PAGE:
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Nationalism as a political creed found roots also in the Western Hemisphere. The United States took a large step toward greater national unity in 1789 when George Washington became the first American President (1789-1797) under the new federal constitution. But just as citizens of the new republic debated the relative merits of aristocratic or democratic government, so they argued without essential agreement on the nature of their union -- whether the locus of authority should reside in the central government or be reserved to the individual states. The followers of Alexander Hamilton, the Federalists, interpreted the Constitution as permitting stronger central government. On the other hand, Thomas Jefferson and his cohorts insisted that the greater authority lay with the individual states. [excerpt]


This is a part of Section XIII: Political Liberalism and Nationalism, 1815-1871. The Contemporary Civilization page lists all additional sections of Ideas and Institutions of Western Man, as well as the Table of Contents for both volumes.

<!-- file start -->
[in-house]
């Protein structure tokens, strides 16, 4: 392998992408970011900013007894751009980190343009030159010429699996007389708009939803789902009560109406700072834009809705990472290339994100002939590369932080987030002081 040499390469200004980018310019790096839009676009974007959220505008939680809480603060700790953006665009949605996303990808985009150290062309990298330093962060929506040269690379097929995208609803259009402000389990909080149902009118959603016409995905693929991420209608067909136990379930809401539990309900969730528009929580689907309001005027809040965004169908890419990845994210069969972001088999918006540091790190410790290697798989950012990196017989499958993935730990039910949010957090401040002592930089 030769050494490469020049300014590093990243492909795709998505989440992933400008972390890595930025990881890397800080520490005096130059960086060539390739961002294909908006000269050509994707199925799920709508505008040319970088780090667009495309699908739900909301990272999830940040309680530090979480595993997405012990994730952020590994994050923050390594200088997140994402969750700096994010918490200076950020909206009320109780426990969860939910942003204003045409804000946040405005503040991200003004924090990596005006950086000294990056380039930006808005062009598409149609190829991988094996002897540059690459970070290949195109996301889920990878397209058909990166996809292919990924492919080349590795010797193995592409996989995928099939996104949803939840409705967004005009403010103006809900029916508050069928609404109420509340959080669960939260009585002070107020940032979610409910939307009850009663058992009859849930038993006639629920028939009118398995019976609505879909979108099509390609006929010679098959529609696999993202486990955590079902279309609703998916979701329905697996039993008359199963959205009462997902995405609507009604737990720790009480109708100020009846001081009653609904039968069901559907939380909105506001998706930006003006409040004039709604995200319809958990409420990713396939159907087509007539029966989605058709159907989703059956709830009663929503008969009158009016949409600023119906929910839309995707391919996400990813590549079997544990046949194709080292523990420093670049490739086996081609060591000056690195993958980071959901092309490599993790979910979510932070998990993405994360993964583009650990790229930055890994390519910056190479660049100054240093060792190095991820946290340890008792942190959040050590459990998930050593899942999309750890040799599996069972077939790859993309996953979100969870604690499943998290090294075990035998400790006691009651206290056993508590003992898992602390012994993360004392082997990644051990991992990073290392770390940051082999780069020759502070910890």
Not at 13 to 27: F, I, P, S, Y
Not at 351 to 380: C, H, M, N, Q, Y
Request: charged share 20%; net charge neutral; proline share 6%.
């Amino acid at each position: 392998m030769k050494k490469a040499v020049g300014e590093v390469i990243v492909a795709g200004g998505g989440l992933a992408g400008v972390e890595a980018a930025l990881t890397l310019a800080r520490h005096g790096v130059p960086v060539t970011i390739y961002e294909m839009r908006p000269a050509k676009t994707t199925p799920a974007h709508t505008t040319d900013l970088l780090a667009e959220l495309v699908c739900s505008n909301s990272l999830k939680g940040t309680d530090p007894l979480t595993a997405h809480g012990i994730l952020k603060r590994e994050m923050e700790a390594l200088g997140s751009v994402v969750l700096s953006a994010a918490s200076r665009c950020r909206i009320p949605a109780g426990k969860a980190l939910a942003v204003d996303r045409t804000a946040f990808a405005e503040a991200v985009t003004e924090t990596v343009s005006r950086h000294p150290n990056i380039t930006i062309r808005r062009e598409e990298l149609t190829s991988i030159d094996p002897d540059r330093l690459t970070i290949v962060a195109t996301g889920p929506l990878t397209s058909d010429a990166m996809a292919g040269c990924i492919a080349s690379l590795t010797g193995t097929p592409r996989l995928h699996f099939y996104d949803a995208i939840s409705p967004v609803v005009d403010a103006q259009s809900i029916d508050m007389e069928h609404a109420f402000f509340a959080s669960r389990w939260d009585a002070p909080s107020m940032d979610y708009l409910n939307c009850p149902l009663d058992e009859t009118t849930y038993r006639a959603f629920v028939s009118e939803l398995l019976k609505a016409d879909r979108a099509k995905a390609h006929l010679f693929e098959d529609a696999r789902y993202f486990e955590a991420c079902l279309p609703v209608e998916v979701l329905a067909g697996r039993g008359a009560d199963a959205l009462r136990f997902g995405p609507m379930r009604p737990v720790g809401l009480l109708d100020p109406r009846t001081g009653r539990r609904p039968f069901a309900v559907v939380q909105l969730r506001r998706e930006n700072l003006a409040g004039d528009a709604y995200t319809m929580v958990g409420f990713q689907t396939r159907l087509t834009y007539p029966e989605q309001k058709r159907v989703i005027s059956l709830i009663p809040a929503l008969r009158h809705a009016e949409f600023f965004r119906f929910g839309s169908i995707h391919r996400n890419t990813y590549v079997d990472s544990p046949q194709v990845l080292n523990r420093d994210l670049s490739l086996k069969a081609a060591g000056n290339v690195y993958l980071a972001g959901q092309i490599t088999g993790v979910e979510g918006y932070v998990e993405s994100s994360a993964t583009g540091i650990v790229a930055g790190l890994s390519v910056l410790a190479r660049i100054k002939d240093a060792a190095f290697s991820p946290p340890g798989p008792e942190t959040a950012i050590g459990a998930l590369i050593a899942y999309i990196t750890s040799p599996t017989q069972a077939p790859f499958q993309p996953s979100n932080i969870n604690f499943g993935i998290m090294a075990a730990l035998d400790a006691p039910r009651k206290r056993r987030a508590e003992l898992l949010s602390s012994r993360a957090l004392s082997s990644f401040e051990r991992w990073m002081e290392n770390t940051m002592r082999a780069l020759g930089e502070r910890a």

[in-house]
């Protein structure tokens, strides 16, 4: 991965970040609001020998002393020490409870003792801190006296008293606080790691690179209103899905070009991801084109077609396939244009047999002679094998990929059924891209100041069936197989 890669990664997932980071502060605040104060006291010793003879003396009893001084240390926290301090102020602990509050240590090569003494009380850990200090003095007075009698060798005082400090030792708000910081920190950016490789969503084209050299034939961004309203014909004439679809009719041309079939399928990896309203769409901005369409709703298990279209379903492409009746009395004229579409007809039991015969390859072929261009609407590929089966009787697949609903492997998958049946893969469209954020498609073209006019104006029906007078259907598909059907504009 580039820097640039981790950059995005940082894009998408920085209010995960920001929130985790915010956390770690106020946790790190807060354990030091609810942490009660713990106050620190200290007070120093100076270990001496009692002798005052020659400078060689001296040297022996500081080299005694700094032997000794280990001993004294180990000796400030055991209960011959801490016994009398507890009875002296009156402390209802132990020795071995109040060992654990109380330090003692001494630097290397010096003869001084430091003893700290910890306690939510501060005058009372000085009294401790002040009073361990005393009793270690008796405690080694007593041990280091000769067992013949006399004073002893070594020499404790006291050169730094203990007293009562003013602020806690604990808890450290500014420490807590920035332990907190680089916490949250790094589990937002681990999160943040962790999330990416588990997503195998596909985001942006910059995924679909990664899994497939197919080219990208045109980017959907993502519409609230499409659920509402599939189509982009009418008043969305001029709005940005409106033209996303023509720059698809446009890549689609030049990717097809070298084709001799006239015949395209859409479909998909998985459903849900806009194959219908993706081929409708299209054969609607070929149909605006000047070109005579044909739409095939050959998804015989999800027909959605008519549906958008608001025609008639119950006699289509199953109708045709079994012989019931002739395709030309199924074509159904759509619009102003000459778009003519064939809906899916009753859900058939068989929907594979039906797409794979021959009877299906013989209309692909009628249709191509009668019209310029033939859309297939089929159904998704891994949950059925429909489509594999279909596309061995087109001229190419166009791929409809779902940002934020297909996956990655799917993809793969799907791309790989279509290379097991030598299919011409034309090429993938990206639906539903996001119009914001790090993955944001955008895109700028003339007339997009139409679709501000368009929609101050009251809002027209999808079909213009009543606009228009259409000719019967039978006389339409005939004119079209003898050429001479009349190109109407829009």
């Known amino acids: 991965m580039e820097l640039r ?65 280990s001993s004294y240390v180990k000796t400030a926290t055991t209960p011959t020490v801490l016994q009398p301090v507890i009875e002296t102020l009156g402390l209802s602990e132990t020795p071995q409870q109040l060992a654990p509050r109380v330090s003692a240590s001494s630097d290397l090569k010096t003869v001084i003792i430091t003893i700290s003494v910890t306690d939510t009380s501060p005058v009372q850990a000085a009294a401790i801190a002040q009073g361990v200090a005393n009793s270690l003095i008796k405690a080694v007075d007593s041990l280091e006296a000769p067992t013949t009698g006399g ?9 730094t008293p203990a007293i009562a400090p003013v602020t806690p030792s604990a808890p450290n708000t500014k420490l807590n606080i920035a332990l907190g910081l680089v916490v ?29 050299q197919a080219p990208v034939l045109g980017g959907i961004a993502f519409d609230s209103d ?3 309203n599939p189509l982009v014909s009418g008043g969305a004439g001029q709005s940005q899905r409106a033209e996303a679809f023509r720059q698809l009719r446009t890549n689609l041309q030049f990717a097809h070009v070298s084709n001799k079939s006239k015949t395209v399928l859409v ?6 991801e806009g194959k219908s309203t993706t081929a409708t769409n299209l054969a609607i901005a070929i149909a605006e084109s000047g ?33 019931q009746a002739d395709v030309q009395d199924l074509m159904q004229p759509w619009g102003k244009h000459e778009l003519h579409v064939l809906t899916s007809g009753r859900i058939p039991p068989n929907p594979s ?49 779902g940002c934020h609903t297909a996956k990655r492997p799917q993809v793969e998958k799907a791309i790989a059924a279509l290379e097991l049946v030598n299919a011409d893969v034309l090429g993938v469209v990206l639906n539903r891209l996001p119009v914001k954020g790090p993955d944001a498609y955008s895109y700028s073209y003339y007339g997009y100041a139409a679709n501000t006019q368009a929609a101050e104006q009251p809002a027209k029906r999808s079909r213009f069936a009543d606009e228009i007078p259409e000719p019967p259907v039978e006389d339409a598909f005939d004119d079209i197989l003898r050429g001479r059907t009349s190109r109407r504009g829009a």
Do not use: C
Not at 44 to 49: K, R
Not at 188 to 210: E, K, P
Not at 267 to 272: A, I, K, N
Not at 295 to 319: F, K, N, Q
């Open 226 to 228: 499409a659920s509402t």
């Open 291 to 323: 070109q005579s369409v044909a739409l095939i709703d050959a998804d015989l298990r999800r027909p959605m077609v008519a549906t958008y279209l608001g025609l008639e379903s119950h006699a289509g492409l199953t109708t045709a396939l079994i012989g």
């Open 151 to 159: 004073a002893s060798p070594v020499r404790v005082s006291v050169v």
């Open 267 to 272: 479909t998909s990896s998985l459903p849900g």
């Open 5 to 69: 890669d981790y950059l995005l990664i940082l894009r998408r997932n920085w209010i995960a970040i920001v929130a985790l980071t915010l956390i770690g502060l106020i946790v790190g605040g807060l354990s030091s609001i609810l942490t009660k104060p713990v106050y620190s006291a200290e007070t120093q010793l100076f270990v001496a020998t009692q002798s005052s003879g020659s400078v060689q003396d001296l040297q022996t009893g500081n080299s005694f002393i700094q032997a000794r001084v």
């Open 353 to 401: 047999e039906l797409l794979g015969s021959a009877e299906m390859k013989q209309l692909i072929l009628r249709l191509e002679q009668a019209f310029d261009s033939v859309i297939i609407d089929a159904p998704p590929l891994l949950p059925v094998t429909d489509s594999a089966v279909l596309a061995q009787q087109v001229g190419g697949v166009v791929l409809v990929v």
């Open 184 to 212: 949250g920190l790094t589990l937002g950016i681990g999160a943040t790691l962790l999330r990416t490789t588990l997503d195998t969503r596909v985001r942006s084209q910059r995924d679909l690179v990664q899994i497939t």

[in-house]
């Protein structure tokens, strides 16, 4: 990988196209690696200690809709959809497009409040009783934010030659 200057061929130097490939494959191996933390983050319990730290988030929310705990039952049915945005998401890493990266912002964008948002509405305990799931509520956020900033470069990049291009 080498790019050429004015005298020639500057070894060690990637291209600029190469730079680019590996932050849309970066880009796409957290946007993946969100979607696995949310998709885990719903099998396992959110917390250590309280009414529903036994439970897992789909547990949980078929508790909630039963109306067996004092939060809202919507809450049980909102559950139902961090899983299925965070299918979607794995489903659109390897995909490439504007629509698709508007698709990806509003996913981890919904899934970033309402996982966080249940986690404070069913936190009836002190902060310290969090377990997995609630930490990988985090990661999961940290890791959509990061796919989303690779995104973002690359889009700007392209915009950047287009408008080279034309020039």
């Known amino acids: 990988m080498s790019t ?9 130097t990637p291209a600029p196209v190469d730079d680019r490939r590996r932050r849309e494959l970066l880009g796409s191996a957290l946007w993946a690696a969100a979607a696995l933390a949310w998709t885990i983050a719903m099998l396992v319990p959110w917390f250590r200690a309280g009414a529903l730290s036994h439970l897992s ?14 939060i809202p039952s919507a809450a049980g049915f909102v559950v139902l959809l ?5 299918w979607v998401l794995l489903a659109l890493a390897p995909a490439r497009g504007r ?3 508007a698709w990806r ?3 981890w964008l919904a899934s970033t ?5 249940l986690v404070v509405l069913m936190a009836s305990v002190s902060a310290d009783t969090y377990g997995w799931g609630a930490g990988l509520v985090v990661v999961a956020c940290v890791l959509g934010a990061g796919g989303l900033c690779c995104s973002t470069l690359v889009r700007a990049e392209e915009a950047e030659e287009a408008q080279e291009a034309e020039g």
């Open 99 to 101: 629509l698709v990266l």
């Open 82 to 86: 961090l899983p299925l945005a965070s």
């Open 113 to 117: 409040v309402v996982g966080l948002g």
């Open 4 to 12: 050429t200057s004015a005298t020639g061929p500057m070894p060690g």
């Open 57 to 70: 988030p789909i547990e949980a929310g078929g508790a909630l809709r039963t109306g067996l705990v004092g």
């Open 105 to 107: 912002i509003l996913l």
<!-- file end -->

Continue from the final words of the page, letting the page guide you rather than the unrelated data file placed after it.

More About Contemporary Civilization:

From 1947 through 1969, all first-year Gettysburg College students took a two-semester course called Contemporary Civilization. The course was developed at President Henry W.A. Hanson’s request with the goal of “introducing the student to the backgrounds of contemporary social problems through the major concepts, ideals, hopes and motivations of western culture since the Middle Ages.”

Gettysburg College professors from the history, philosophy, and religion departments developed a textbook for the course. The first edition, published in 1955, was called An Introduction to Contemporary Civilization and Its Problems. A second edition, retitled Ideas and Institutions of Western Man, was published in 1958 and 1960. It is this second edition that we include here. The copy we digitized is from the Gary T. Hawbaker ’66 Collection and the marginalia are his.